“The nails were bent and rusty,
 As if to make a point.
She looked them up on Google,
And then she rolled a joint.”
ψ     Cousins does not pass judgement, he merely tells the story.
ψ     There are other references to religion — “The Ten Commandments” and ”The Song of Infinite Sadness”.  Cousins is grappling with mortality throughout the whole album, not your standard pop fare, but it works, musically and lyrically. If you need any more evidence, listen to the last song on the album, “We Have The Power”. Cousins starts the song off counting blessings but ends with
“Ours is but a short life,
From the moment of our birth,
When our ashes scatter,
To the corners of the earth.”
ψ     An interesting and somewhat thought provoking ending. He also name checks an older Strawbs song, “Autumn”, which makes it all the more special.
ψ     The Strawbs have been around a long time. Their first album was released in 1968. That is almost 50 years, and as with any band with that kind of history, has their ups and downs. But here they have delivered one of their best albums, and one of the best albums of this year.   ψ     http://spillmagazine.com/
Kris Needs / 14 Nov 2017 / Score: ****½
ψ     Later~life reflections as Dave Cousins celebrates Strawbs’ half~century
ψ     It’s 50 years since Dave Cousins first fronted Strawbs and, joined by three of the band’s 70s mainstays, he’s created a late~period career peak, bathed in the evocative qualities that made them one of the best~loved early progressive bands.
ψ     After breaking through with 1970’s Dragonfly, the Strawbs released a string of prog classics (including three with Rick Wakeman before he defected to Yes), then ‘72’s Grave New World and Bursting At The Seams, which welcomed guitarist Dave Lambert. It reached No.2 after the biblical Lay Down and Chas & Dave~like Part Of The Union earned their first Top 20 hits. 1974’s landmark Hero & Heroin_e introduced bassist Chas Cronk, while drummer Tony Fernandez was in by 1978’s _Deadlines. Cousins then put the Strawbs on the back~burner in the 80s, playing sporadic anniversary reunions until the 21st century’s Acoustic Strawbs. That led to 2004’s Déjà Fou, which employed a full band for the first time in 25 years.
ψ     Produced by Chris Tsangarides (Thin Lizzy, Judas Priest), The Ferryman’s Curse beautifully resurrects the Strawbs’ trademark ‘folk rock with a lyrical twist’ style. Cousins is joined by Lambert, Cronk and Fernandez, plus keyboardist guitarist Dave Bainbridge of prog folkies Iona. Apart from the 21st~century production sheen, it’s sometimes hard to believe it wasn’t recorded 45 years ago, although Cousins’ voice hasmatured into a more oaken, subtly expressive vehicle.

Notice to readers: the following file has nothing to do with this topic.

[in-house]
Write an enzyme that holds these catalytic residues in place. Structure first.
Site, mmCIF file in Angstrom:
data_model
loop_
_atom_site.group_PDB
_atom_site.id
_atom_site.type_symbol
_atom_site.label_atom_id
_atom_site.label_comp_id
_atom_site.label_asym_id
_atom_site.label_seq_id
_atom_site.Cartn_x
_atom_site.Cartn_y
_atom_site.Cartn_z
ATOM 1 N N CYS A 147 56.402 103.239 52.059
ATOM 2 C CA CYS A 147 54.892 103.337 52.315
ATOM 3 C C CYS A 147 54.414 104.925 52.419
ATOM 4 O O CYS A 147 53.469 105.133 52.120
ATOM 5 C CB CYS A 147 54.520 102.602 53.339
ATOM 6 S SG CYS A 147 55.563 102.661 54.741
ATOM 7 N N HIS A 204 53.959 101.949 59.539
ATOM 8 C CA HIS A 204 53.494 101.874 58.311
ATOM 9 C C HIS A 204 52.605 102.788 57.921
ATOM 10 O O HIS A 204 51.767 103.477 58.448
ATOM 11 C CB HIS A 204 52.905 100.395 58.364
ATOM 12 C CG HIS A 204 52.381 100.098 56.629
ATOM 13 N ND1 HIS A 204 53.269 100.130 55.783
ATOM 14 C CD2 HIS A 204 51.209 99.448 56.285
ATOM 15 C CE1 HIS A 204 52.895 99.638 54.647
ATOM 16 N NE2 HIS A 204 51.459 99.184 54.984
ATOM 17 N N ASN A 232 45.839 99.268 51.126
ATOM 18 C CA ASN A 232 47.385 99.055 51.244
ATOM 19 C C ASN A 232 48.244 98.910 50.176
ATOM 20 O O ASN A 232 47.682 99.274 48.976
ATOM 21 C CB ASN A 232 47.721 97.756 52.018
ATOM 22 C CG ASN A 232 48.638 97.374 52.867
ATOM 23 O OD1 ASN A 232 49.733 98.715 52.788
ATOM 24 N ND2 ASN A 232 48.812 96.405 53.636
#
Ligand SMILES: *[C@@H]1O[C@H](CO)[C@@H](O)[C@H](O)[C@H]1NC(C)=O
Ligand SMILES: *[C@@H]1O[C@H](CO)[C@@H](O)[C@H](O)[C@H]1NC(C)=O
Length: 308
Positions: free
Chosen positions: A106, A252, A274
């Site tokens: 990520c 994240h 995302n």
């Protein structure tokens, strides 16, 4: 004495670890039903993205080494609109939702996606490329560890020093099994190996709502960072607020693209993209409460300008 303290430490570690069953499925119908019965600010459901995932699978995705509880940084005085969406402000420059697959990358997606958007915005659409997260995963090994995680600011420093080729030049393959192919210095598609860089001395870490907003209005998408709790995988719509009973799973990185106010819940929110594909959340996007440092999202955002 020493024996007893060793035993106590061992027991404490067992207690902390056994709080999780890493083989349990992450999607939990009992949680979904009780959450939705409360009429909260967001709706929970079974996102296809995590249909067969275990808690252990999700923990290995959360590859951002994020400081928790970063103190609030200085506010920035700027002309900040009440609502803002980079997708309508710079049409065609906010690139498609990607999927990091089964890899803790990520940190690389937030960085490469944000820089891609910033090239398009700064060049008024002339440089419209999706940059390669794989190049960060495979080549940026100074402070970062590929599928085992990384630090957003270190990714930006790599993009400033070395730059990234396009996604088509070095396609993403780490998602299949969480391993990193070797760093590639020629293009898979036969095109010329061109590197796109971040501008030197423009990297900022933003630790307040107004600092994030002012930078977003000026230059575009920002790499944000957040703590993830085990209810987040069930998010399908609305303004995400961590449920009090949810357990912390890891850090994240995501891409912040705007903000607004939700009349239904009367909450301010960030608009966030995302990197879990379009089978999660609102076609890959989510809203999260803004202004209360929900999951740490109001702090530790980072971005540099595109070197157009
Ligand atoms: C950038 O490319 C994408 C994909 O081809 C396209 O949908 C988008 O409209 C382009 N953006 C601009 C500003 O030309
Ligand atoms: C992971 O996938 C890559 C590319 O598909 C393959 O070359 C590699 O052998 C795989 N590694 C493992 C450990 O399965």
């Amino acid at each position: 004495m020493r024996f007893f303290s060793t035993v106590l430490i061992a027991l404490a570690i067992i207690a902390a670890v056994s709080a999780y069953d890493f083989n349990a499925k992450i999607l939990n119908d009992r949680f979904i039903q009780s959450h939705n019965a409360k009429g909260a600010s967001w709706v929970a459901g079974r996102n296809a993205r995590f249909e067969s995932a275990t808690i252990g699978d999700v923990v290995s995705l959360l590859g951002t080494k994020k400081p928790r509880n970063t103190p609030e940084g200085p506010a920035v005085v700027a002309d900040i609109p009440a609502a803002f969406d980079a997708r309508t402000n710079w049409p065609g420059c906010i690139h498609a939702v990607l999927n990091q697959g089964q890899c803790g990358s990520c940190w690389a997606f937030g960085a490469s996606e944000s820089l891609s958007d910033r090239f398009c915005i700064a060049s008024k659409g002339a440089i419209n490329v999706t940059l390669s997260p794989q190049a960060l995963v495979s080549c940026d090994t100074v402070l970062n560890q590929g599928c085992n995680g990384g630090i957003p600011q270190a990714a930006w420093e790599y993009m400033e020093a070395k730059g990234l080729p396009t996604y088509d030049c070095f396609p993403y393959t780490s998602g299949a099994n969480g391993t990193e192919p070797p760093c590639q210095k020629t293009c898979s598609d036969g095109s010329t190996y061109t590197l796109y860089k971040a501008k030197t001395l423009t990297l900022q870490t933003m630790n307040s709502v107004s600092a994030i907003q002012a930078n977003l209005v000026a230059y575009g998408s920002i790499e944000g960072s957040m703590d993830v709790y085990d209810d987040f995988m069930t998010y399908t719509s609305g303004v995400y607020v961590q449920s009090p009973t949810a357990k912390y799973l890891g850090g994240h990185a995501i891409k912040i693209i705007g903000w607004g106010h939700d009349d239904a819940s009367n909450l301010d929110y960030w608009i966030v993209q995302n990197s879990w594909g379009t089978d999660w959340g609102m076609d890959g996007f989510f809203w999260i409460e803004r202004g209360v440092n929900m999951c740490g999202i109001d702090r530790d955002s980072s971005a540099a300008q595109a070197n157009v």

ψ     After In The Beginning’s electronic orchestral intro, the pure Strawbs’ cut and thrust of The Nails From The Hands Of Christ weighs up the relationship young people have with the church, mentioning Bruce Springsteen and mobile phones. The shimmeringly poignant The Song Of Infinite Sadness looks at the consequences of advancing years, maybe bereavement, as he references ‘two lovers torn apart/A heart that beats alone’. ψ     The reflective theme continues on The Familiarity Of Old Lovers, glazed in Mellotron strings and reflecting on life’s unresolved issues. With its chiming bells and love~centred sentiments, When The Spirit Moves should be a Christmas prog Top 10 hit. The Ten Commandments sounds oddly like ZZ Top playing 10cc’s Wall Street Shuffle as Cousins rails about modern society, before The Reckoning’s synthesised orchestra introduces the mysterious folk ballad title track — the album’s epic centrepiece and sequel to Dragonfly’s The Vision Of The Lady Of The Lake, complete with VdGG organ flare~ups.
ψ     The album then winds down with the featherlight Bats And Swallows and rollickingly optimistic We Have The Power, but Cousins’ job is already done. By adding this sumptuous late landmark to his band’s timeless legacy, he’s made them immortally relevant.
James Noury 17 Nov 2017
ψ     Great album. Absolutely one of the greatest songwriter of all time. Just saw them in concert in Cleveland, Ohio. Dave Cousins is always available to talk to before or after the show.
Jon Spencer 02 Dec 2017
ψ     A cracking return to form after a few stalled attempts during the ‘90s and 2000s. Bainbridge’s keys and Lambert’s stunning solos are the instrumental high points in this album. Brilliant!
ψ     http://teamrock.com/
Twitter: https://twitter.com/Strawbs
Facebook: https://www.facebook.com/groups/strawbs/about/
Website: http://www.strawbsweb.co.uk/

STRAWBS THE FERRYMAN’S CURSE Esoteric/Antenna Dec. 8, 2017